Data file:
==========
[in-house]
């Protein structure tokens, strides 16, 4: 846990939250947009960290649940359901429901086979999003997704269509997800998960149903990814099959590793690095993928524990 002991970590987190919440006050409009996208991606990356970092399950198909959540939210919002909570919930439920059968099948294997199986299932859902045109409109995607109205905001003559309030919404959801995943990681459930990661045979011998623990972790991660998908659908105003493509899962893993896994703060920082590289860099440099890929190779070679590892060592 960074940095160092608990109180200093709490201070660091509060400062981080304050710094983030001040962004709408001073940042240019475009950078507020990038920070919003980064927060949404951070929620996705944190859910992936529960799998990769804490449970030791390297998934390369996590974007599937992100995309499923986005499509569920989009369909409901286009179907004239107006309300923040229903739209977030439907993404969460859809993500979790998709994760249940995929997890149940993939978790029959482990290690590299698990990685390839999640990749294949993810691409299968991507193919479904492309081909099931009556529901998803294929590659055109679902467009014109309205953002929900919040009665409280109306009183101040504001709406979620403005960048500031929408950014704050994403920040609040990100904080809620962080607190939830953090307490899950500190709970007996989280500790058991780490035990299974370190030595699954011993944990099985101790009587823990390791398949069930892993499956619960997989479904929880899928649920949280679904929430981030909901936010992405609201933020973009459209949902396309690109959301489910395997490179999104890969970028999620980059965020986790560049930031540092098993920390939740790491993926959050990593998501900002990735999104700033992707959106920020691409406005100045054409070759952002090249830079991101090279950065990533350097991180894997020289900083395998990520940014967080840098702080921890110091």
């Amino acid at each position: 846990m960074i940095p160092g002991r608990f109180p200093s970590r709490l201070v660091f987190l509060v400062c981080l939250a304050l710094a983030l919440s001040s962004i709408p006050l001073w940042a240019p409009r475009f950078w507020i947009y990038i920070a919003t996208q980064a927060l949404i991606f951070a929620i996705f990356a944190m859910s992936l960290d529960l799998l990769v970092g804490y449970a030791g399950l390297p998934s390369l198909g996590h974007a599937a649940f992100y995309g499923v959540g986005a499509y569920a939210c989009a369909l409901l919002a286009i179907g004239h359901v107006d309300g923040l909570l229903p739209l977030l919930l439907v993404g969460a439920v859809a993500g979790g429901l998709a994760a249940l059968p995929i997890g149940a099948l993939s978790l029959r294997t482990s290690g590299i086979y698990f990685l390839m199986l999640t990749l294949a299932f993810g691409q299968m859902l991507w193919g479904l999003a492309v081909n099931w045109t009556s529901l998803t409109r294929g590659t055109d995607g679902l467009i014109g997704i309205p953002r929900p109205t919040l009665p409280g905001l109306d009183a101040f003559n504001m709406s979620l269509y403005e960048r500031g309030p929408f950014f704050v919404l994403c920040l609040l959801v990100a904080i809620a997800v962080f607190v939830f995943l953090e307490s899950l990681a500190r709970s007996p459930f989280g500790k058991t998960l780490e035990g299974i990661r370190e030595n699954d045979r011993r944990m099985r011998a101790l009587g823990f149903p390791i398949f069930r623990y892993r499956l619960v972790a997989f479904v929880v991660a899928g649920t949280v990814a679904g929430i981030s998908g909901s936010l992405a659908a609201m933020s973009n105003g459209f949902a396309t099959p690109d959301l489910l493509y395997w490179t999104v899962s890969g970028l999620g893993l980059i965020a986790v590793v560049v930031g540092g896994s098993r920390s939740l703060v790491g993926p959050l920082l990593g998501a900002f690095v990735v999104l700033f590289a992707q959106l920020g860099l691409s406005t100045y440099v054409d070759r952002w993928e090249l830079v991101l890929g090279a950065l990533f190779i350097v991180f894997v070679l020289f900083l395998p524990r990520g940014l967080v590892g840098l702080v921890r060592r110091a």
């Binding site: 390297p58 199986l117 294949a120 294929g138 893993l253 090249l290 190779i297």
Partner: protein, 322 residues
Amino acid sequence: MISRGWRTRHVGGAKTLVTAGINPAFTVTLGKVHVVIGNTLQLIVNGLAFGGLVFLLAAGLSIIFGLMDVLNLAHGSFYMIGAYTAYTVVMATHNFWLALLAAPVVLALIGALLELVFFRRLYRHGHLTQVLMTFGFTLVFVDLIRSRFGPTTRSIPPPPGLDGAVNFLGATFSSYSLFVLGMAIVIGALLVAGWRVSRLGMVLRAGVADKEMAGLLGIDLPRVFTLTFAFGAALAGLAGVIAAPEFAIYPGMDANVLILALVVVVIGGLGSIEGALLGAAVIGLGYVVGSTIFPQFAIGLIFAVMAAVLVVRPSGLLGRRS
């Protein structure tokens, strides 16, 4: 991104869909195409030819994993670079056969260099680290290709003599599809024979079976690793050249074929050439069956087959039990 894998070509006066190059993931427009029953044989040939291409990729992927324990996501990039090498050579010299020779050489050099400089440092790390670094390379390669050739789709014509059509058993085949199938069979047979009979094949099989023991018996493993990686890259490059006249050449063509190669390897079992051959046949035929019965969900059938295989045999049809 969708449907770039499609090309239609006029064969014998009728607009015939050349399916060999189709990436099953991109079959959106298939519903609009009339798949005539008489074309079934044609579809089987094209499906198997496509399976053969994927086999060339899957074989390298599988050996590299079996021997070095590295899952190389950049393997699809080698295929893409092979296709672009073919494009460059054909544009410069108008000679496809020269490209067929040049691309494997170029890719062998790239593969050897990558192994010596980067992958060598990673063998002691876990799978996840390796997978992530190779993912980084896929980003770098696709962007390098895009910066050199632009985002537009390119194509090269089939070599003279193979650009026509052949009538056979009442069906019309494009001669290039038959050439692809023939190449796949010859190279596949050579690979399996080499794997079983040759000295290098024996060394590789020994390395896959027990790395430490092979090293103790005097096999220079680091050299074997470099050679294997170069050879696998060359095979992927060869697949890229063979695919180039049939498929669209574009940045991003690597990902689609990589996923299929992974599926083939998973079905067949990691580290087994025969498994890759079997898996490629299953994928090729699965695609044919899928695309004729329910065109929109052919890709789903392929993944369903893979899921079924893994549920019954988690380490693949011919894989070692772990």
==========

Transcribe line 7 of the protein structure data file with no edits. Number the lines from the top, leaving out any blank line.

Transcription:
């Protein structure tokens, strides 16, 4: 991104869909195409030819994993670079056969260099680290290709003599599809024979079976690793050249074929050439069956087959039990 894998070509006066190059993931427009029953044989040939291409990729992927324990996501990039090498050579010299020779050489050099400089440092790390670094390379390669050739789709014509059509058993085949199938069979047979009979094949099989023991018996493993990686890259490059006249050449063509190669390897079992051959046949035929019965969900059938295989045999049809 969708449907770039499609090309239609006029064969014998009728607009015939050349399916060999189709990436099953991109079959959106298939519903609009009339798949005539008489074309079934044609579809089987094209499906198997496509399976053969994927086999060339899957074989390298599988050996590299079996021997070095590295899952190389950049393997699809080698295929893409092979296709672009073919494009460059054909544009410069108008000679496809020269490209067929040049691309494997170029890719062998790239593969050897990558192994010596980067992958060598990673063998002691876990799978996840390796997978992530190779993912980084896929980003770098696709962007390098895009910066050199632009985002537009390119194509090269089939070599003279193979650009026509052949009538056979009442069906019309494009001669290039038959050439692809023939190449796949010859190279596949050579690979399996080499794997079983040759000295290098024996060394590789020994390395896959027990790395430490092979090293103790005097096999220079680091050299074997470099050679294997170069050879696998060359095979992927060869697949890229063979695919180039049939498929669209574009940045991003690597990902689609990589996923299929992974599926083939998973079905067949990691580290087994025969498994890759079997898996490629299953994928090729699965695609044919899928695309004729329910065109929109052919890709789903392929993944369903893979899921079924893994549920019954988690380490693949011919894989070692772990």